The brothers Hamouda have an actual tent, provided, they said, by a “do-gooder” in week four of their stay. Half the ground is covered with cardboard, the other half with woven mats. In the corner is an old soda bottle half filled with fiery red pepper sauce, a Shejaiya standard.
“We count the days as we sit in a tent,” said the youngest of the three men, Moamar, 42, on day 35.
“Here,” said the middle brother, Abdullah, 45, “each day equals a year.”
The oldest, Muhammad, 48, said that if the cease-fire held, he would go to the spot where the family’s home was “and wait for a tent — I’ll put a tent in the street and sit there.”
But Moamar disagreed. “We will stay here until they bring a solution for us,” he said. “My opinion is that we stay here, as a pressure tool.”
Their wives have been staying with relatives, as an estimated 200,000 of the temporarily displaced have done. Even this, considered the best alternative, has its downside: Religious women and girls must wear long sleeves and cover their hair at all times because they are not in their own homes; many are not allowed to sit in courtyards or on stoops because they do not know the neighbors.
Those who have managed to find spots to rent said they were paying double the prewar rates: One group of 12 was pulling furniture from the Beit Hanoun rubble the other day to take to a fourth-floor unit in the Sheikh Zayed complex, with no elevator, for $200 a month. Hani Zeyara, who is from Shejaiya and slept for weeks at the makeshift Shifa Hospital camp or in a park, said he had finally found an empty store: 260 square feet for $100 a month.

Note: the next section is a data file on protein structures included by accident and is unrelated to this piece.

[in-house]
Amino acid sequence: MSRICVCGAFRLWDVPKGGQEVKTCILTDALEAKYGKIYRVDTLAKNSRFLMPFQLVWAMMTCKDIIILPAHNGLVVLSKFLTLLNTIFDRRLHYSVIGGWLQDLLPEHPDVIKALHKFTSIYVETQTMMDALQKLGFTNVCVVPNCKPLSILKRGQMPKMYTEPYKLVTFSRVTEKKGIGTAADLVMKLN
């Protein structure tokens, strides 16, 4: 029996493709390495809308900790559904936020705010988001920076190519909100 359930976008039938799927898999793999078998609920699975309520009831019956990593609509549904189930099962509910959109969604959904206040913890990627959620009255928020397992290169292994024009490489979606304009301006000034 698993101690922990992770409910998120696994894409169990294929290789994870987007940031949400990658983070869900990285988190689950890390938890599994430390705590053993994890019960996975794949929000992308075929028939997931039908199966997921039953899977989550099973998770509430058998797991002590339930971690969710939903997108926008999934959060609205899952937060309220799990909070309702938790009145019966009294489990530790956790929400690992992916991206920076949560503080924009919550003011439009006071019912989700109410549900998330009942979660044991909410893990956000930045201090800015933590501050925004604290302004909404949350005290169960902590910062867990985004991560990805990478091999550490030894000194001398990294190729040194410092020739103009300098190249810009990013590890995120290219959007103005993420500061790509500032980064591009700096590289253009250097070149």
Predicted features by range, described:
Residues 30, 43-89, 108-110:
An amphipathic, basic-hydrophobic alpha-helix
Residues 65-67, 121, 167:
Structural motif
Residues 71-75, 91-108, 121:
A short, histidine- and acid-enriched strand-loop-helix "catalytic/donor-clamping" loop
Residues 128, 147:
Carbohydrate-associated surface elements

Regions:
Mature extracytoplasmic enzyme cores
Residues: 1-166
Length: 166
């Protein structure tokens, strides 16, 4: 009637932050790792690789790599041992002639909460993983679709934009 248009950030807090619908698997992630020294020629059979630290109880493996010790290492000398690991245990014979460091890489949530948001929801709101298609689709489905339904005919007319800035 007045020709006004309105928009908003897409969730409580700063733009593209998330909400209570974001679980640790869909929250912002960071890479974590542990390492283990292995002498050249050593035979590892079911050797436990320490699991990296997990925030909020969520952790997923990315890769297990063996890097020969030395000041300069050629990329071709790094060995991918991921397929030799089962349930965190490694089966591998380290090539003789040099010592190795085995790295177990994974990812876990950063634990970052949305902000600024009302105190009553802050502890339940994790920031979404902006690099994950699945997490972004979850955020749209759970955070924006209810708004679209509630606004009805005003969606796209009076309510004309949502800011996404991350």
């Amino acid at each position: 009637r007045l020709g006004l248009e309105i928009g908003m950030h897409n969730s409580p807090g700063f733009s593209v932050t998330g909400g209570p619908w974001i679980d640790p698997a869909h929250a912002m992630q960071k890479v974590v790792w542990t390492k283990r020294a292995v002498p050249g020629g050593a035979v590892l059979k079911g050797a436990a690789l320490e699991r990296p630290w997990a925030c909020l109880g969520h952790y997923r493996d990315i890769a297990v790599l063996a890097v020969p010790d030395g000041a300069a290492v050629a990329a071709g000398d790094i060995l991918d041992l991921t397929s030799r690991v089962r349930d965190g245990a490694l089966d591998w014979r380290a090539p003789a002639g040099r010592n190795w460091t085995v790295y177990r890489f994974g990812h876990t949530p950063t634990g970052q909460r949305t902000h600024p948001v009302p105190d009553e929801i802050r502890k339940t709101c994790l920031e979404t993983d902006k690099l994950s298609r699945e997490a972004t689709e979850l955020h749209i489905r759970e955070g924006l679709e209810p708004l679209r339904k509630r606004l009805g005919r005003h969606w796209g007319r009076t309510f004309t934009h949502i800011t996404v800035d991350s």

Adel al-Ghoula, 28, has already pitched a tent, of sorts, in front of the pile of debris that used to be the home where he lived from the age of 13, just across the road that runs close to Gaza’s eastern boundary. He used wire to tie two-by-fours to the iron fence lining the road, and then to tie colorful cloths, many of them torn or singed, to the wood. Inside, wooden pallets are propped on rocks and strewn with worn cushions, forming seats in the shade.
The date, grape, olive, fig, walnut and lemon trees are all gone. A stone arch doorway and wrought-iron gate are basically the only things left standing of what Mr. Ghoula said had been a four-story building housing six families — 50 people — as well as several first-floor businesses. Mr. Ghoula had owned two sewing machines and made women’s shoes.
“This is the remains of my computer,” he said, picking up a piece of black plastic. “This is my daughter’s handbag.” It was red, with sparkles; she is 4.
He put a sign on the pile, “Home of the al-Ghoula Family,” to ward off looters, perhaps attract assessors or just signal to neighbors: We are still here.
“We must rent a place, but we should still come here every day and sit here,” Mr. Ghoula said as a stranger on a donkey cart stopped for a drink of fresh water. “To receive people. To tell the world: We are rooted in our land, until death.”